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County Extension

  • Ornamental grasses in the home landscape

     By Sam Marshall, Horticulture Agent

    You have likely seen the vibrant pink plumes of muhly grass this fall, now a much-used and vibrant addition to home landscapes. Ornamental grasses are quickly establishing themselves as a common addition to landscape beds and along roadsides. And with good reason. Grasses afford interesting texture and graceful, arching foliage that adds movement to an otherwise stagnant landscape.

  • Understanding genetically modified foods

     

    By Sam Marshall, Horticulture Agent

     

  • Maintain, don’t gain, this holiday season

     The big question is: Will you weigh the same on Jan. 1, 2016, as you do right now? Weight gain during the holidays is common with many Americans gaining between one and five pounds. While that doesn’t sound like much, too often these extra pounds aren’t lost after the holidays. And this goes on year after year.

  • Figuring out what really matters to our plants

     If asked what truly matters in the world, most of us talk about real friends, family and doing something positive in the world. Rotarians speak of “service above self,” something that might make this crazy world we live in a little less crazy. As much fun as sitting around waxing philosophical is, you came here looking for something about gardening.

  • Pumpkin is more than just a pie

     I’m continuing on my quest to get people to eat more pumpkin. That pumpkin on your front porch can be more than just a doorstop or seasonal decoration. It can give your diet a real nutritional boost. The bright orange color is a dead give-away that pumpkins are full of important nutrients, antioxidants and beta carotene. The Produce for Better Health Foundation says that just one cup of cooked pumpkin contains only 50 calories. Pumpkin is an excellent source of vitamin A, which is an essential nutrient for proper health of eyes, respiratory tract, skin and tooth enamel.

  • Do you want what you have?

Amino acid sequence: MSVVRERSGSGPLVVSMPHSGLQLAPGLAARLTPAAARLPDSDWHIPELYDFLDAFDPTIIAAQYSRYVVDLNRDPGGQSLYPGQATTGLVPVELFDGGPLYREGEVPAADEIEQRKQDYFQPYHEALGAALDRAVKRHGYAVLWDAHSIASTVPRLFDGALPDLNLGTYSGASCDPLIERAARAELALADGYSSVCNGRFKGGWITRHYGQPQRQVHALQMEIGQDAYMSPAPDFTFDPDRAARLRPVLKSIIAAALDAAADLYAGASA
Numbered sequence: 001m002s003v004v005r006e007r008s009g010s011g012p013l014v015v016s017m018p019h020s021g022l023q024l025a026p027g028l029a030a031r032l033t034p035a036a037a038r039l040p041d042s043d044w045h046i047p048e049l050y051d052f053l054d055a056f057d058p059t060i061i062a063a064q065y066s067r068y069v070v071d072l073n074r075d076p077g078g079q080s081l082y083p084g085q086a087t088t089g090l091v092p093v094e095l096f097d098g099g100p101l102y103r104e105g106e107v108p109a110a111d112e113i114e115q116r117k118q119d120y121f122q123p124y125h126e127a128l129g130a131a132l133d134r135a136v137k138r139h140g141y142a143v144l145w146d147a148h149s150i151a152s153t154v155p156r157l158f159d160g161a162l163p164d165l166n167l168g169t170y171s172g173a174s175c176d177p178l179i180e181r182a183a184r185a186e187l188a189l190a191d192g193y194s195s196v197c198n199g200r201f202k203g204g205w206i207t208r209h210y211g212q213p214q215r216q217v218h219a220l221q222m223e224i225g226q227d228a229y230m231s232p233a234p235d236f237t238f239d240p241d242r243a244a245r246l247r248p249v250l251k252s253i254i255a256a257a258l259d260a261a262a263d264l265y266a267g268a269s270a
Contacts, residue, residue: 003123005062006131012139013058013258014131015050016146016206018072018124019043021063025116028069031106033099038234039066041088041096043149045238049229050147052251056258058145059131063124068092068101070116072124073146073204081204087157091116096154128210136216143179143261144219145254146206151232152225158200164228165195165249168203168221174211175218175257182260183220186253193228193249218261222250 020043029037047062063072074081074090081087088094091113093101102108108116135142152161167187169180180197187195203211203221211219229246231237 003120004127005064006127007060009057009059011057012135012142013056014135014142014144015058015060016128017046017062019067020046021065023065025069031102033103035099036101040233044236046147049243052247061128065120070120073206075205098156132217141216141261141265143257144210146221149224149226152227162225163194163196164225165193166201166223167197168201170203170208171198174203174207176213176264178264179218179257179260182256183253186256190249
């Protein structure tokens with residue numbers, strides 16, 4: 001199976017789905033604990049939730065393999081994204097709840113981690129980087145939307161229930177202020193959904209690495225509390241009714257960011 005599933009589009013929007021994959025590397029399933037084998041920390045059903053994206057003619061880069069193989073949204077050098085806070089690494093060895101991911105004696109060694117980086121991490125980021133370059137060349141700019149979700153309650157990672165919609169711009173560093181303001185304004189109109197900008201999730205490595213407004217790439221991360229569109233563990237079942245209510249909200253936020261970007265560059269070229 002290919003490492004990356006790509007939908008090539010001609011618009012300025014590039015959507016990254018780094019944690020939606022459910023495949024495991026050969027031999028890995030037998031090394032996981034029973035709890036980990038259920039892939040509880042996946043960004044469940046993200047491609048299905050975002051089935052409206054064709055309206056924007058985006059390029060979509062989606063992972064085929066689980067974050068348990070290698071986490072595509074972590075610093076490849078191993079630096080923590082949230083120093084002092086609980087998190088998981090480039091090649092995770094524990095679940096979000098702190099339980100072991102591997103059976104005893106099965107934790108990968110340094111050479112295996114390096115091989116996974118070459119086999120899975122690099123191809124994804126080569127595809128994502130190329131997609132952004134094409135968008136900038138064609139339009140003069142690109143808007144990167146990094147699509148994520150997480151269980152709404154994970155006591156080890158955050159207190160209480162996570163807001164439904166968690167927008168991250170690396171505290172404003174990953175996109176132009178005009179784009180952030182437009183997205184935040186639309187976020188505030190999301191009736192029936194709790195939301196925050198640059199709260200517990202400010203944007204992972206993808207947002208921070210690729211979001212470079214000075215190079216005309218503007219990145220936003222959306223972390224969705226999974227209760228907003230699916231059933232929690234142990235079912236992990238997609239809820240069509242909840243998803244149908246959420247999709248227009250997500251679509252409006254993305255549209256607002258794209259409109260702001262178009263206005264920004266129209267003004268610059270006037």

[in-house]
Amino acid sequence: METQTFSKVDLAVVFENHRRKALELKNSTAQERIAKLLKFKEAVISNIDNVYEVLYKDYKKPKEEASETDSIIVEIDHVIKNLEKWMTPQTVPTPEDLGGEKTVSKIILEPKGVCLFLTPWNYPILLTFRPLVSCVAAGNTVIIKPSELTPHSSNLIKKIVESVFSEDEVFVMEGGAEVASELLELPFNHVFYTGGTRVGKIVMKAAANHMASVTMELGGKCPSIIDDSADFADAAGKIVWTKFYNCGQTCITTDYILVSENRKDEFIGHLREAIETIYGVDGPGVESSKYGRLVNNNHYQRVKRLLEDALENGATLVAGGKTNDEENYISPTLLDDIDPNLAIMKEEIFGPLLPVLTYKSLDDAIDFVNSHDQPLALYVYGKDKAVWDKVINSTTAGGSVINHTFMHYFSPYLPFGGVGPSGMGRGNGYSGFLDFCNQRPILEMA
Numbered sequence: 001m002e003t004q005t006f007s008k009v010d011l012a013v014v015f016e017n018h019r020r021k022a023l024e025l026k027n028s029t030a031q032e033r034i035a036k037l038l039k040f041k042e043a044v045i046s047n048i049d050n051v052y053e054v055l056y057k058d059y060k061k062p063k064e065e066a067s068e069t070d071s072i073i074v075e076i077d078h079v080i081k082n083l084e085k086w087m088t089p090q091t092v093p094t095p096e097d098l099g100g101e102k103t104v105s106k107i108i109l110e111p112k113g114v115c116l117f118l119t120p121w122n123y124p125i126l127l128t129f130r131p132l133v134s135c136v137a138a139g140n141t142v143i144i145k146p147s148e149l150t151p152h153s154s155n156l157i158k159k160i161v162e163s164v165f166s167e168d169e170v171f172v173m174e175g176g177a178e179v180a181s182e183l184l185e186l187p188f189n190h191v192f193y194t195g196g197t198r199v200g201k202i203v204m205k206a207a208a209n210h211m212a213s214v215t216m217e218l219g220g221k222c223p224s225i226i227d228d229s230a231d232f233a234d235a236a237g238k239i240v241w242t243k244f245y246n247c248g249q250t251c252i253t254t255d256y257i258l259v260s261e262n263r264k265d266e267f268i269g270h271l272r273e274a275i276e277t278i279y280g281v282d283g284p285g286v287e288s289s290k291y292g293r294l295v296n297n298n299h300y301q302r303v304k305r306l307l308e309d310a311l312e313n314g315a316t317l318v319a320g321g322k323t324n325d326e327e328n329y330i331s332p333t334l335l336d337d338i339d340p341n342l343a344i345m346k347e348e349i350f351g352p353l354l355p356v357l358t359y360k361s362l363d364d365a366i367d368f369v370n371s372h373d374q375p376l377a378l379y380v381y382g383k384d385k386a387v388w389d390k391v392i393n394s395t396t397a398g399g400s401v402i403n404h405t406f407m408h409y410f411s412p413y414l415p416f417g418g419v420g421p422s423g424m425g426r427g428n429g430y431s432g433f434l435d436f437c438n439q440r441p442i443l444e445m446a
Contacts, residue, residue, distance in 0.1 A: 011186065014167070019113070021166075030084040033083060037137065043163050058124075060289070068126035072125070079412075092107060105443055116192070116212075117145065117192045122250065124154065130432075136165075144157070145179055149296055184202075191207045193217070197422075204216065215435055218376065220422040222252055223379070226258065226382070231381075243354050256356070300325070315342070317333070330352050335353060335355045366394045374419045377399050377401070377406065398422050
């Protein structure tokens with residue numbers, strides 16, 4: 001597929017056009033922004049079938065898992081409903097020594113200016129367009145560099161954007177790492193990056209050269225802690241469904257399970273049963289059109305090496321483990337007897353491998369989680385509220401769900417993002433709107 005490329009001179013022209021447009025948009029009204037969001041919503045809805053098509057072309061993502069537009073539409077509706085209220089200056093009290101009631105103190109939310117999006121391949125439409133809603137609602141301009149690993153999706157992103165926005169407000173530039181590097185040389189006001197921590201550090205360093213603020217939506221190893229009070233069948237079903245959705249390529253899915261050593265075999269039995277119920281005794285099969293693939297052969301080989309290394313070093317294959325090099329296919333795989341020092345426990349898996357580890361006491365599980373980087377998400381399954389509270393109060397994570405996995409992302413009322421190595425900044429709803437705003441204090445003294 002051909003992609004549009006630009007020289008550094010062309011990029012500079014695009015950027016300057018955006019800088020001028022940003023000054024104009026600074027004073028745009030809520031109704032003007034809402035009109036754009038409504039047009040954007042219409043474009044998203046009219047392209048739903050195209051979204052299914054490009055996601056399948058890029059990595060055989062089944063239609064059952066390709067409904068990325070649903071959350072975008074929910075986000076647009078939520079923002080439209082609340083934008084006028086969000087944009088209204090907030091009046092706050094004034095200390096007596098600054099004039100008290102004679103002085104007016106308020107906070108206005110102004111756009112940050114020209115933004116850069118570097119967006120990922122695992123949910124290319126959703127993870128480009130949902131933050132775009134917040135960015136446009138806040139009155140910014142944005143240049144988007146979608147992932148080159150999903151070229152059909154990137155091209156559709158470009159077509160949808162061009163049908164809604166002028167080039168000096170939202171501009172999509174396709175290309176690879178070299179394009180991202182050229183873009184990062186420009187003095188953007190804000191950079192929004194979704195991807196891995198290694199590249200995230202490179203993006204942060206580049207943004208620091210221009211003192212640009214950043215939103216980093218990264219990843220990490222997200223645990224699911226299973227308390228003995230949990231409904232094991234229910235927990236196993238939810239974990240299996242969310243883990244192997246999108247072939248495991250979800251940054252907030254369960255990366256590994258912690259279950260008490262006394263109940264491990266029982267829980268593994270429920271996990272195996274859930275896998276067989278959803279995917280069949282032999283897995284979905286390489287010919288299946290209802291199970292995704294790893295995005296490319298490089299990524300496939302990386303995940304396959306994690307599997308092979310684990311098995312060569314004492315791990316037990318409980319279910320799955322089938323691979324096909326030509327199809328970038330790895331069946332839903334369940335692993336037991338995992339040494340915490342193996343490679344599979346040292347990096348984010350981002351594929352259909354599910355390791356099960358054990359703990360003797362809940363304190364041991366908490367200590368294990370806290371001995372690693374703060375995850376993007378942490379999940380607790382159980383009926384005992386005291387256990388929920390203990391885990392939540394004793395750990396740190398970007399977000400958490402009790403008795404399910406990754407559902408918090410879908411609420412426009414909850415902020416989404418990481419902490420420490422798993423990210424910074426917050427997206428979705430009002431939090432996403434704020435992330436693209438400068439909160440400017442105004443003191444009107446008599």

By Linda Arnold

    Even though it’s early, we’re starting to see glimpses of the upcoming holiday season. Retailers remind us to get our wish lists together and to get an early start on shopping.

    This got me thinking about wishes. And, as often happens when researching my column, I’ll hear something that results in an “a-ha” moment for me. True to form, this happened the other day when I read a proverb by the philosopher Philemon: “It is better to want what you have than to have what you want.”

  • Preserve fall with pumpkins

     For many, fall simply means pumpkin. Some people carve them up as jack-o’-lanterns and others just set them on their porch or stairs as a symbol of the harvest and changing seasons. But what are you going to do with that pumpkin when you’re done with it?

    Have you ever thought of eating it? You really need to think about what you want to do with that pumpkin before you buy it, so it may be too late for this year. They all look great and the many colors and sizes are wonderful decorations, but not all are good eating pumpkins.

  • Salad dressing: friend or not?

     Many people elect to eat salads as a way of controlling calories and getting more vegetables into their diet, but sometimes the added salad dressing can reduce the benefits of the salad.

  • Backyard wildlife habitats

     By Sam Marshall

     

    As residential and commercial areas continue to grow, habitats that support native wildlife are shrinking. Residential and commercial development oftentimes displaces native species, and alters the environment such that it no longer supports native wildlife. However, one way you can enhance the natural features of your yard, community, and town would be to create environmentally friendly wildlife habitat.

     

    Focus on diversity

  • Salsa is not just for chips

     Most of the time when people think of salsa, they think of the tomatoey mixture with onions and peppers that is served with chips. But the term salsa has come to mean just about any combination of chopped fruits and vegetables. The spiciness can vary from mild to hot depending upon personal tastes.